Purpose: To determine the safety and preliminary efficacy of selective combination targeted therapy for BRAF V600E-mutant metastatic colorectal cancer (mCRC) in the safety lead-in phase of the open-label, randomized, three-arm, phase III BEACON Colorectal Cancer trial ( ClinicalTrials.gov identifier: NCT02928224; European Union Clinical Trials Register identifier: EudraCT2015-005805-35).
Patients and methods: Before initiation of the randomized portion of the BEACON Colorectal Cancer trial, 30 patients with BRAF V600E-mutant mCRC who had experienced treatment failure with one or two prior regimens were to be recruited to a safety lead-in of encorafenib 300 mg daily, binimetinib 45 mg twice daily, plus standard weekly cetuximab. The primary end point was safety, including the incidence of dose-limiting toxicities. Efficacy end points included overall response rate, progression-free survival, and overall survival.
Results: Among the 30 treated patients, dose-limiting toxicities occurred in five patients and included serous retinopathy (n = 2), reversible decreased left ventricular ejection fraction (n = 1), and cetuximab-related infusion reactions (n = 2). The most common grade 3 or 4 adverse events were fatigue (13%), anemia (10%), increased creatine phosphokinase (10%), increased AST (10%), and urinary tract infections (10%). In 29 patients with BRAF V600E-mutant tumors (one patient had a non-BRAF V600E-mutant tumor and was not included in the efficacy analysis), the confirmed overall response rate was 48% (95% CI, 29.4% to 67.5%), median progression-free survival was 8.0 months (95% CI, 5.6 to 9.3 months), and median overall survival was 15.3 months (95% CI, 9.6 months to not reached), with median duration of follow-up of 18.2 months (range, 16.6 to 19.8 months).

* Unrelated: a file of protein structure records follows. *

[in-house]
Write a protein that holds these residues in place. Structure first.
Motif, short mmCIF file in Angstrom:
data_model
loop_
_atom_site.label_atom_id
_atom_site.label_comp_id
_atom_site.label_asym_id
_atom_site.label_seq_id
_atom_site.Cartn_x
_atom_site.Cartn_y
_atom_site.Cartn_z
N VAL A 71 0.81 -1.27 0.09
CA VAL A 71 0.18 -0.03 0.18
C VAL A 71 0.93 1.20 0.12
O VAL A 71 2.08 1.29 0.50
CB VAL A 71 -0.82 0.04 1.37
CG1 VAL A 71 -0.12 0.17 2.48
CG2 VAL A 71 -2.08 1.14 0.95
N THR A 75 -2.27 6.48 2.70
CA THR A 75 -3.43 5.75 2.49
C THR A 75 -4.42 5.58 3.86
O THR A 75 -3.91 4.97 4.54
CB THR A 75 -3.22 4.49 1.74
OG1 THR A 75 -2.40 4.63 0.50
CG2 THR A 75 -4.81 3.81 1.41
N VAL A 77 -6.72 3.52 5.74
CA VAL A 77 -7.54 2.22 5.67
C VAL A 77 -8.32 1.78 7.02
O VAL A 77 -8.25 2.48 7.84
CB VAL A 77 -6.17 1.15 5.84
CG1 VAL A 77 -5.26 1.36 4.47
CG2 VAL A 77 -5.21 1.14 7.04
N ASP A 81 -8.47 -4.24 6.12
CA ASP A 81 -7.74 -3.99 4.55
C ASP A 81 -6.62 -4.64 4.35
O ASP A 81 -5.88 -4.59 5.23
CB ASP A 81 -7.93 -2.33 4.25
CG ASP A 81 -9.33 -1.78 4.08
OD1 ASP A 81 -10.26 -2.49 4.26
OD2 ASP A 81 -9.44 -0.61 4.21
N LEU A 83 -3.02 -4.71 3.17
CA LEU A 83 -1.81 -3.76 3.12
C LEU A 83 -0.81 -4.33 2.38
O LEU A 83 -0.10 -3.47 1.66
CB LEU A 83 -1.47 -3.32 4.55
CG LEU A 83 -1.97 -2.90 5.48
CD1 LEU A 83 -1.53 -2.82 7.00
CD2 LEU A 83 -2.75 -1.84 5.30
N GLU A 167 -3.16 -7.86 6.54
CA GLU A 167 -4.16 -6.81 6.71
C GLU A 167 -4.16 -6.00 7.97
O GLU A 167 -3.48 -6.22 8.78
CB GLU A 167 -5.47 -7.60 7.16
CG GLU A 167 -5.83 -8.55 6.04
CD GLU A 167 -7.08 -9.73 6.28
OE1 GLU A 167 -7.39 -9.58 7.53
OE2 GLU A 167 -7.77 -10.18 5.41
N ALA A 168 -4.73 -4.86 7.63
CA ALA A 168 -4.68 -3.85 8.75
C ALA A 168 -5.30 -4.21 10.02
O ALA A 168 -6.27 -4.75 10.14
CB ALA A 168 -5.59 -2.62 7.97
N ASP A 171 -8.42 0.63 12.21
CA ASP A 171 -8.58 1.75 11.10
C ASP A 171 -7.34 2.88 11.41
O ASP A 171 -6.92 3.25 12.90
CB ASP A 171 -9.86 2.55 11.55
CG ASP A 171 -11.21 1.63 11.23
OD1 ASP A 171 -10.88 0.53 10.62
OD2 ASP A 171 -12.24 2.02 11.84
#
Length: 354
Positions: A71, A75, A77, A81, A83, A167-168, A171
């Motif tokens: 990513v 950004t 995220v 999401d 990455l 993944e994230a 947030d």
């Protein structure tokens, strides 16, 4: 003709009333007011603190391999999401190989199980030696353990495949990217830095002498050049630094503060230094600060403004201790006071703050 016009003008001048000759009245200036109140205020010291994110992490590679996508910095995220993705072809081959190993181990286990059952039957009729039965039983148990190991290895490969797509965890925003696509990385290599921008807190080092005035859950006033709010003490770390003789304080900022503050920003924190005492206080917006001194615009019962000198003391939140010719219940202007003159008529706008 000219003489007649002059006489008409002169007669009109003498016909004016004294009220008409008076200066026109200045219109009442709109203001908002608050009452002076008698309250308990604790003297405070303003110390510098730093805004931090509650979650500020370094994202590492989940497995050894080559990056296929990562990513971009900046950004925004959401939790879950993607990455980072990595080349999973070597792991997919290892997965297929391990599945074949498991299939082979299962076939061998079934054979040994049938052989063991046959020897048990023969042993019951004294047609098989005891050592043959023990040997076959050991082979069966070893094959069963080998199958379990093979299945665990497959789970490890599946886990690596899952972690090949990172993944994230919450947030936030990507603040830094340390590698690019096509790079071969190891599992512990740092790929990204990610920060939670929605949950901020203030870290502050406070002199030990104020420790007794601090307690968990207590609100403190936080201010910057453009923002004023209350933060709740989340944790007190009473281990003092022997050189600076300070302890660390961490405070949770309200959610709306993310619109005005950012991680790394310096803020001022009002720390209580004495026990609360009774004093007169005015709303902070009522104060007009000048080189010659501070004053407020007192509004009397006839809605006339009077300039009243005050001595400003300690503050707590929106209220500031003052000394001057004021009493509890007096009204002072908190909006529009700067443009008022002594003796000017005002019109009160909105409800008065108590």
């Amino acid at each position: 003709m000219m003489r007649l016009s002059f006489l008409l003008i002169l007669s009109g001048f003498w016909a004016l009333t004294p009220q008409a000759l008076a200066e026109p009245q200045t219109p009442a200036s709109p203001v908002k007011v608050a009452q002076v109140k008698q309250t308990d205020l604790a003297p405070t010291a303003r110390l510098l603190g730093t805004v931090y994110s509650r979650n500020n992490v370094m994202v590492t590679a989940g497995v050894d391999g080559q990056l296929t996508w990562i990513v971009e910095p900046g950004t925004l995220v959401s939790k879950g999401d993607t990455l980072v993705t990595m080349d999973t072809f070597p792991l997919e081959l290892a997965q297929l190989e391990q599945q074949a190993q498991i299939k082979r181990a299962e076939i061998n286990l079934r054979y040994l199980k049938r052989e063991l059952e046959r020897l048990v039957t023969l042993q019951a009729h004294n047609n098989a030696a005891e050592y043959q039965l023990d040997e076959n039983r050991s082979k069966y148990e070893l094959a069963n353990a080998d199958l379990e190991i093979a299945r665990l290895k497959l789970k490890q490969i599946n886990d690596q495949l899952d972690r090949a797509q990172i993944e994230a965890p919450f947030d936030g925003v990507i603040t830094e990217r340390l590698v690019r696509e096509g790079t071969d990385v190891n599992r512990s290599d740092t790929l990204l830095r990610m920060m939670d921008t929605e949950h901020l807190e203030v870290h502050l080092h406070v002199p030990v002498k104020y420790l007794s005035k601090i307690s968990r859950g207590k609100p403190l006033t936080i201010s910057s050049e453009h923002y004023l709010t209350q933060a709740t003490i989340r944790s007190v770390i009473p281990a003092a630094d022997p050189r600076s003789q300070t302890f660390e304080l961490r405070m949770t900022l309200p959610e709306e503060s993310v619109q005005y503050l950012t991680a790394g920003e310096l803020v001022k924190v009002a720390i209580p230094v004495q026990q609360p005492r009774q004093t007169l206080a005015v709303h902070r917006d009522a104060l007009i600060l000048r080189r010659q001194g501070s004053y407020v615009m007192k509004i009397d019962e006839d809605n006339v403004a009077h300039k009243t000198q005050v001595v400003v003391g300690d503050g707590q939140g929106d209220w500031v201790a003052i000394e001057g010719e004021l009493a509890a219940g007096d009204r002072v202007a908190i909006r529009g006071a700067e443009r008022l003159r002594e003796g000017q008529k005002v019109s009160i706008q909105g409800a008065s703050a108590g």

Conclusion: In the safety lead-in, the safety and tolerability of the encorafenib, binimetinib, and cetuximab regimen is manageable and acceptable for initiation of the randomized portion of the study. The observed efficacy is promising compared with available therapies and, if confirmed in the randomized portion of the trial, could establish this regimen as a new standard of care for previously treated BRAF V600E-mutant mCRC.